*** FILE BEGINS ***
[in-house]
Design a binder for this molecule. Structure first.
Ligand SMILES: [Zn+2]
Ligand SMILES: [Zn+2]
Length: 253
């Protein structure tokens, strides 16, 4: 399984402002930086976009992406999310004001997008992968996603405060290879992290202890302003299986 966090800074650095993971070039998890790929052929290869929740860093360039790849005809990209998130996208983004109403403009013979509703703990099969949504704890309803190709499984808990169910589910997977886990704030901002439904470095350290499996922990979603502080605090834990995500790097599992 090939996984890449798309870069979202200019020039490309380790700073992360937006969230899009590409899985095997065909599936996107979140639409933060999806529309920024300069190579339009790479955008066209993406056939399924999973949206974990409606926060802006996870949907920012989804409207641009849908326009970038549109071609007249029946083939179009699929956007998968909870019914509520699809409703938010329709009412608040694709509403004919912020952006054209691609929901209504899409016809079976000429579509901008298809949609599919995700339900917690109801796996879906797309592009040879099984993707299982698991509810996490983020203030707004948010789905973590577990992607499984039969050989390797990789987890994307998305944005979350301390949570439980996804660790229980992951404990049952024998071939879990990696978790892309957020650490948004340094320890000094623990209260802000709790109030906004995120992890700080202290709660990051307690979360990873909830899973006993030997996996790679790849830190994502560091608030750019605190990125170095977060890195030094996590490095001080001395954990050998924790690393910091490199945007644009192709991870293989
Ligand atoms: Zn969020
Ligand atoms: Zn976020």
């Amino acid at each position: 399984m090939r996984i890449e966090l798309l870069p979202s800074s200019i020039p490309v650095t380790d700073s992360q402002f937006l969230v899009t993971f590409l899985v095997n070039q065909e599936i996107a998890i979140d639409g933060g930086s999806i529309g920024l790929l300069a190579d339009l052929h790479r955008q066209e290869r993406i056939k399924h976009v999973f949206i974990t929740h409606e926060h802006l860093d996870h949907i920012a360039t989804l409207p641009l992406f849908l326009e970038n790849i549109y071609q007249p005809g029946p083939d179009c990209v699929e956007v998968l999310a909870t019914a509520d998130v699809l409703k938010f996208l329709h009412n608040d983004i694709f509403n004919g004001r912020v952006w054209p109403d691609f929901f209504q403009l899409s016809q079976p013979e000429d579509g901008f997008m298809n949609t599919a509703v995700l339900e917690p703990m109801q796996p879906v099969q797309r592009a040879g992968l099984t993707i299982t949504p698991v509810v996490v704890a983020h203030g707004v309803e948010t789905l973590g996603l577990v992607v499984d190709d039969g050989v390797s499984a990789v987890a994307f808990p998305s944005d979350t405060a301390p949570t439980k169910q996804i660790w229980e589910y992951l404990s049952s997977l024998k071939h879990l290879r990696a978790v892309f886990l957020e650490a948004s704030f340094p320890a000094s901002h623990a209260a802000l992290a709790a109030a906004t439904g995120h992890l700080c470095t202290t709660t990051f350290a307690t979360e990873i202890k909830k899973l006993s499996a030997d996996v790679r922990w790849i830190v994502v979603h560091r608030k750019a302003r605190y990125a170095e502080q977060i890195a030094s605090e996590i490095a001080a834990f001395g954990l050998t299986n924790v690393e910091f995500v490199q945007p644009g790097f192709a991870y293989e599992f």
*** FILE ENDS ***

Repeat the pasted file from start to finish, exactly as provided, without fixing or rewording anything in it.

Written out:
[in-house]
Design a binder for this molecule. Structure first.
Ligand SMILES: [Zn+2]
Ligand SMILES: [Zn+2]
Length: 253
């Protein structure tokens, strides 16, 4: 399984402002930086976009992406999310004001997008992968996603405060290879992290202890302003299986 966090800074650095993971070039998890790929052929290869929740860093360039790849005809990209998130996208983004109403403009013979509703703990099969949504704890309803190709499984808990169910589910997977886990704030901002439904470095350290499996922990979603502080605090834990995500790097599992 090939996984890449798309870069979202200019020039490309380790700073992360937006969230899009590409899985095997065909599936996107979140639409933060999806529309920024300069190579339009790479955008066209993406056939399924999973949206974990409606926060802006996870949907920012989804409207641009849908326009970038549109071609007249029946083939179009699929956007998968909870019914509520699809409703938010329709009412608040694709509403004919912020952006054209691609929901209504899409016809079976000429579509901008298809949609599919995700339900917690109801796996879906797309592009040879099984993707299982698991509810996490983020203030707004948010789905973590577990992607499984039969050989390797990789987890994307998305944005979350301390949570439980996804660790229980992951404990049952024998071939879990990696978790892309957020650490948004340094320890000094623990209260802000709790109030906004995120992890700080202290709660990051307690979360990873909830899973006993030997996996790679790849830190994502560091608030750019605190990125170095977060890195030094996590490095001080001395954990050998924790690393910091490199945007644009192709991870293989
Ligand atoms: Zn969020
Ligand atoms: Zn976020």
């Amino acid at each position: 399984m090939r996984i890449e966090l798309l870069p979202s800074s200019i020039p490309v650095t380790d700073s992360q402002f937006l969230v899009t993971f590409l899985v095997n070039q065909e599936i996107a998890i979140d639409g933060g930086s999806i529309g920024l790929l300069a190579d339009l052929h790479r955008q066209e290869r993406i056939k399924h976009v999973f949206i974990t929740h409606e926060h802006l860093d996870h949907i920012a360039t989804l409207p641009l992406f849908l326009e970038n790849i549109y071609q007249p005809g029946p083939d179009c990209v699929e956007v998968l999310a909870t019914a509520d998130v699809l409703k938010f996208l329709h009412n608040d983004i694709f509403n004919g004001r912020v952006w054209p109403d691609f929901f209504q403009l899409s016809q079976p013979e000429d579509g901008f997008m298809n949609t599919a509703v995700l339900e917690p703990m109801q796996p879906v099969q797309r592009a040879g992968l099984t993707i299982t949504p698991v509810v996490v704890a983020h203030g707004v309803e948010t789905l973590g996603l577990v992607v499984d190709d039969g050989v390797s499984a990789v987890a994307f808990p998305s944005d979350t405060a301390p949570t439980k169910q996804i660790w229980e589910y992951l404990s049952s997977l024998k071939h879990l290879r990696a978790v892309f886990l957020e650490a948004s704030f340094p320890a000094s901002h623990a209260a802000l992290a709790a109030a906004t439904g995120h992890l700080c470095t202290t709660t990051f350290a307690t979360e990873i202890k909830k899973l006993s499996a030997d996996v790679r922990w790849i830190v994502v979603h560091r608030k750019a302003r605190y990125a170095e502080q977060i890195a030094s605090e996590i490095a001080a834990f001395g954990l050998t299986n924790v690393e910091f995500v490199q945007p644009g790097f192709a991870y293989e599992f």